Indigenous peoples in the Americas, from ancient to contemporary times…
About the Instructor
Along with his “bread and butter” course, American Indian Experience, Dr. Anthony Castanha has taught a wide variety of courses in Ethnic Studies and Political Science at UH Mānoa since 2000. He has been an Indigenous rights activist for many years and is author of The Myth of Indigenous Caribbean Extinction.
For inquiries: email Dr. Castanha at: firstname.lastname@example.org
Summer 1 (ONLINE Asynchronous)
This course provides a comprehensive look at the Indigenous foundations of life and societal development in the Americas. We will explore some of the origins and traditions of Indigenous peoples from ancient times to socio-cultural, political, anthropological, and ethical importance of contemporary Indigenous rights issues and issues related to the future. The course presents another side of the story to a largely blanketed history within the mainstream American educational system. On a hemispheric level, this includes dispelling extinction myths; critiquing the meaning of concepts such as “discovery,” conquest, primitivism, and essentialism; looking at how Native advancements in agriculture, medicine, architecture, science, engineering, and governance have influenced current-day societies, and examining contemporary Indigenous peoples’ battles over resources and land rights.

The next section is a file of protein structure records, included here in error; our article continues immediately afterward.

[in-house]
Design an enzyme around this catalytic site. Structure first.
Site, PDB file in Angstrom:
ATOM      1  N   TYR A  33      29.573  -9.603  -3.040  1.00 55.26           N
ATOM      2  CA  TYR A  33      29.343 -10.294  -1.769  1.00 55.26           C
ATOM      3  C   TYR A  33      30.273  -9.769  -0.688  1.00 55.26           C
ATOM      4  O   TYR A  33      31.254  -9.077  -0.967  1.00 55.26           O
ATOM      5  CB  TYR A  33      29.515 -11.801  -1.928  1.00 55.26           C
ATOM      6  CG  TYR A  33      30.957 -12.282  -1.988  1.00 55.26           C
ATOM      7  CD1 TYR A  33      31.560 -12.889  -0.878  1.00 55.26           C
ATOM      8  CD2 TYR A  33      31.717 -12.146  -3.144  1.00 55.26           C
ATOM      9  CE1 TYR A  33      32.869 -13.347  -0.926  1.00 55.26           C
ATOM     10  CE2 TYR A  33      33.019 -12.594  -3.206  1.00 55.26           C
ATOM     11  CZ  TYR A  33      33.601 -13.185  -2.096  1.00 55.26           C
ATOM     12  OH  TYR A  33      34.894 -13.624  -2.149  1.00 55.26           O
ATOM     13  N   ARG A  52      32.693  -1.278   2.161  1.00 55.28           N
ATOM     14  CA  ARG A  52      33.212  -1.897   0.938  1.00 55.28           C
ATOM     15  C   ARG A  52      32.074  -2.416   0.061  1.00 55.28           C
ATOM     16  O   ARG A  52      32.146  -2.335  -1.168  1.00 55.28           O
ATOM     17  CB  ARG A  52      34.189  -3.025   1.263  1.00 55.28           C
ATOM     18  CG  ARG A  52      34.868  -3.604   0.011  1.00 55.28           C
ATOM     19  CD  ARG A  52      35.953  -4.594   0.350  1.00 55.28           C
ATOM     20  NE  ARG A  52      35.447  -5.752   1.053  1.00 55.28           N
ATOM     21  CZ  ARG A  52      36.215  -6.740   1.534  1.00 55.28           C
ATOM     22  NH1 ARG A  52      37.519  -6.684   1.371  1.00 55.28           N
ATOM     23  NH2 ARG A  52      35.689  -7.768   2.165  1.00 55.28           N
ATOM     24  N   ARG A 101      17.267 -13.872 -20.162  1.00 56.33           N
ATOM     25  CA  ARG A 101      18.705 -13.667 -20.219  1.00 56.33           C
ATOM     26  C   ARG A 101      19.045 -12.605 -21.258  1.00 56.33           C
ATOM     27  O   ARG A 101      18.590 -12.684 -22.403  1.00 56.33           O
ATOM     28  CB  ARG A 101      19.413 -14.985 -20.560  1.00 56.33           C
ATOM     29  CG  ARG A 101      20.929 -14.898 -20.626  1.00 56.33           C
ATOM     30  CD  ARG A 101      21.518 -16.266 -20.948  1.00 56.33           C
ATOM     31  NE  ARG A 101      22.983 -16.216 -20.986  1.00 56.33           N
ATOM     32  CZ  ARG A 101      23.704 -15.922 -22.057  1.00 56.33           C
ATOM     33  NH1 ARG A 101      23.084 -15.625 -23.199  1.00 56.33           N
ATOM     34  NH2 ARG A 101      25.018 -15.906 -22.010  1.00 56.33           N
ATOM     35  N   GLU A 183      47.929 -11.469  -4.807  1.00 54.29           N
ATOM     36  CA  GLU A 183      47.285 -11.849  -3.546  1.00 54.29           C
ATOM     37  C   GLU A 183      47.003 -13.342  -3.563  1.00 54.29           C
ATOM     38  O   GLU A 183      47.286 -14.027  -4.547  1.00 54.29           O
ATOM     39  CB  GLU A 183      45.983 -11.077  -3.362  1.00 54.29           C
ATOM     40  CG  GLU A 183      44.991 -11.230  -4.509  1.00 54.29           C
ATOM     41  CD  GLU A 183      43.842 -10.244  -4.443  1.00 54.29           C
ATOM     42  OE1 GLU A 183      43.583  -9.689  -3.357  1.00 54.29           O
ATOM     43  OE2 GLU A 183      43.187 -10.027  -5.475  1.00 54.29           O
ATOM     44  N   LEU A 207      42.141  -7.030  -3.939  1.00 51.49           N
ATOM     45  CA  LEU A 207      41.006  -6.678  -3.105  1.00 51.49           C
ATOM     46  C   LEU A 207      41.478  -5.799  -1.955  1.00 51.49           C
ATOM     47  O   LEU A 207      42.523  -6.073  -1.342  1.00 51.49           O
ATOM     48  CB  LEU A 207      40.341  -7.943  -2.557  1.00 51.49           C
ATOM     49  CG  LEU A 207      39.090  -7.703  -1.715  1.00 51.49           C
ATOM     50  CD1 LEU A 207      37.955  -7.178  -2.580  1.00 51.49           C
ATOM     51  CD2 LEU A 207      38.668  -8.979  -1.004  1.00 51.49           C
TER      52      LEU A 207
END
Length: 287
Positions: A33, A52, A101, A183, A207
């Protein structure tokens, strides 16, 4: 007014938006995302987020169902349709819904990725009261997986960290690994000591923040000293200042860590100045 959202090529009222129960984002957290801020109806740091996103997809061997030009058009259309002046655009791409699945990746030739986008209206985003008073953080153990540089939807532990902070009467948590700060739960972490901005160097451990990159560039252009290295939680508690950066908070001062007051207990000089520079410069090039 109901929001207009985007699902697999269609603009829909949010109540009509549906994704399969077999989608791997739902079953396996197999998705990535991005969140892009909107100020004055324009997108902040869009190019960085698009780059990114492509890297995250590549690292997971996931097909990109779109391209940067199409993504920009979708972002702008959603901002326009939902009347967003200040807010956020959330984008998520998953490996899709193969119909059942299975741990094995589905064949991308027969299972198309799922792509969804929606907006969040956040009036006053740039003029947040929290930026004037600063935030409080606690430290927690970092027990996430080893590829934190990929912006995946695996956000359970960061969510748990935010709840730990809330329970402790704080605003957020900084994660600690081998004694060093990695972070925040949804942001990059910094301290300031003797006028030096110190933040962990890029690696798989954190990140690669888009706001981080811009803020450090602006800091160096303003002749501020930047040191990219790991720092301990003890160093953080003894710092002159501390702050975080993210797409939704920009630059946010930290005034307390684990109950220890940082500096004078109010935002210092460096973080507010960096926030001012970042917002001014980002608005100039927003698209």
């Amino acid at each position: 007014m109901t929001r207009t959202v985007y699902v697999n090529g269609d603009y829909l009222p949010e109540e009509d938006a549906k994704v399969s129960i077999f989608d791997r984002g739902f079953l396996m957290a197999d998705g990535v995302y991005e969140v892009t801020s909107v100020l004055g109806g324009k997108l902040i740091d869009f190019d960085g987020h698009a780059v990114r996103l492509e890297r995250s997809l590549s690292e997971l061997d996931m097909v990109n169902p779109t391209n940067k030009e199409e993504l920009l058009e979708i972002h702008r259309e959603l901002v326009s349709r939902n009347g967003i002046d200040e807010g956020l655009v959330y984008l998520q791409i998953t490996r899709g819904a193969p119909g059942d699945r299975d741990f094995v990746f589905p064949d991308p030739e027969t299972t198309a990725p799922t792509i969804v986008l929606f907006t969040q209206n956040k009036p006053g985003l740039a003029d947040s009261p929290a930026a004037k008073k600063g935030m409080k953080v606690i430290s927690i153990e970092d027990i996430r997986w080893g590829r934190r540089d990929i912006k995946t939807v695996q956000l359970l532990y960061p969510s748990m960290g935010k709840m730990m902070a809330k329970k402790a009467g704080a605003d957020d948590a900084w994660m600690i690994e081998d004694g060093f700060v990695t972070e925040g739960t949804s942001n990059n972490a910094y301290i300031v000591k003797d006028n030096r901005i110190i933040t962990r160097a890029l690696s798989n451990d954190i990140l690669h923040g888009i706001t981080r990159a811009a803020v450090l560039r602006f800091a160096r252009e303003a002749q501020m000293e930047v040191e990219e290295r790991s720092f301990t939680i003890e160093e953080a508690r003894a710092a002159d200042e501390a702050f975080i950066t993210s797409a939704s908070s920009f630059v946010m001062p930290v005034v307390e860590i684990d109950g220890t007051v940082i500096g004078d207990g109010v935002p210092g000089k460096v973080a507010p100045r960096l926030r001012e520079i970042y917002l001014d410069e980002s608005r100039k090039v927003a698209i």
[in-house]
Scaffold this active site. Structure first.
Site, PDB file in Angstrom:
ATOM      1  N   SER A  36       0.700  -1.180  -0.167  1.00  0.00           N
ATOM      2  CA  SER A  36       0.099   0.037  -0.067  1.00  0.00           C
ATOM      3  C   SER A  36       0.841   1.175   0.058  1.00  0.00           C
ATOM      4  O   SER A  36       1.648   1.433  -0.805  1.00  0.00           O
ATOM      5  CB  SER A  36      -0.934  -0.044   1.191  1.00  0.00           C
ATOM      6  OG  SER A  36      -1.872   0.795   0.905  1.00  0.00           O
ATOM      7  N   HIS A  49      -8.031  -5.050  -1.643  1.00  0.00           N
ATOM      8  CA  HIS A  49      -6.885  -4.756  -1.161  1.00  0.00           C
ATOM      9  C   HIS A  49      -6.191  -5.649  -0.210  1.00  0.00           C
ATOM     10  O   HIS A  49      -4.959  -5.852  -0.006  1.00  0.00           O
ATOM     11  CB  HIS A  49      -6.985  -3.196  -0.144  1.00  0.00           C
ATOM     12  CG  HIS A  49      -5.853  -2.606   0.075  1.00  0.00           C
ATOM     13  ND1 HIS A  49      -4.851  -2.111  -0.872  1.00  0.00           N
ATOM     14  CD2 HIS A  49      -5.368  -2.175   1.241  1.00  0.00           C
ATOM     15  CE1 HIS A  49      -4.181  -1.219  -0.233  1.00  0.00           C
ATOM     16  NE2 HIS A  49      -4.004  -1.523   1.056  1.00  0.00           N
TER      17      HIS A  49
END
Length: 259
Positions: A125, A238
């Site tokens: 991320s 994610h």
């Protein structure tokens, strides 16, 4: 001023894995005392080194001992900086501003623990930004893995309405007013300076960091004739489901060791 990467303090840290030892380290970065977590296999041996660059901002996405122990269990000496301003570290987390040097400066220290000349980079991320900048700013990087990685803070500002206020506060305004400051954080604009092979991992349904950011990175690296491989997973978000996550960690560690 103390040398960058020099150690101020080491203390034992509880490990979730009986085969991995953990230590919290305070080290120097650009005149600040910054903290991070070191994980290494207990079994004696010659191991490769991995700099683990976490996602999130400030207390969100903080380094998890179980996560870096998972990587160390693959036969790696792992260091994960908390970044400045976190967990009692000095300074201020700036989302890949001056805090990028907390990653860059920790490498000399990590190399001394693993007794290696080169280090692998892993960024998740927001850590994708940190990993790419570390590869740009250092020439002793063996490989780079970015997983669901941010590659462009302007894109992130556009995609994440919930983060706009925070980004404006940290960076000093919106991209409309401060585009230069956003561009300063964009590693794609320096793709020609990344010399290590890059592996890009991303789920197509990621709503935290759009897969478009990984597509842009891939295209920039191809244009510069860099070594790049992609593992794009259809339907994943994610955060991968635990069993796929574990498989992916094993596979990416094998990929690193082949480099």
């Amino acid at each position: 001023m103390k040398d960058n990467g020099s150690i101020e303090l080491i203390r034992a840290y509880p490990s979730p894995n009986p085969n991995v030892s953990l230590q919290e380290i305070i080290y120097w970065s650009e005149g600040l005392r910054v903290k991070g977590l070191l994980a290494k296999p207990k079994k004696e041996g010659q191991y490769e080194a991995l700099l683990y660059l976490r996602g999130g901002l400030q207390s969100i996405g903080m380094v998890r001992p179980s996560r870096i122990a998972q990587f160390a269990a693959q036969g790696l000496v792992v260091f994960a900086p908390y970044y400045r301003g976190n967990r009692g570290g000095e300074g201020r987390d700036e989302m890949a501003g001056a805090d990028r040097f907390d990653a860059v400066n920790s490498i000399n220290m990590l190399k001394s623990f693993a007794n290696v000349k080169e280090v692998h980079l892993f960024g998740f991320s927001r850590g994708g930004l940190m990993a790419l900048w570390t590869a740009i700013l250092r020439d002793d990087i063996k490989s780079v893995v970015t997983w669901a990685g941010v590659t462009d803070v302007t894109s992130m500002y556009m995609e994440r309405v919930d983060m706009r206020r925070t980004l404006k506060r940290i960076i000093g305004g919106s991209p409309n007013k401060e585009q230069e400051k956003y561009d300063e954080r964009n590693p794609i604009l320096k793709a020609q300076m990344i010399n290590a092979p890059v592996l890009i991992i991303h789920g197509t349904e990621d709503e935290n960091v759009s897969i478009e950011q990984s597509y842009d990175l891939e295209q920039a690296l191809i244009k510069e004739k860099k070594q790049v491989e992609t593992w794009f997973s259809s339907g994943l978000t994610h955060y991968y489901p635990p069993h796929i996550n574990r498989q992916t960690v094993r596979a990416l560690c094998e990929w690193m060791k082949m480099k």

Students do assignments, write papers, and address issues contextually within certain time frames and with attention to their own Native backgrounds or groups they are interested in.
Fulfills the general educational requirement: DH, ETH, WI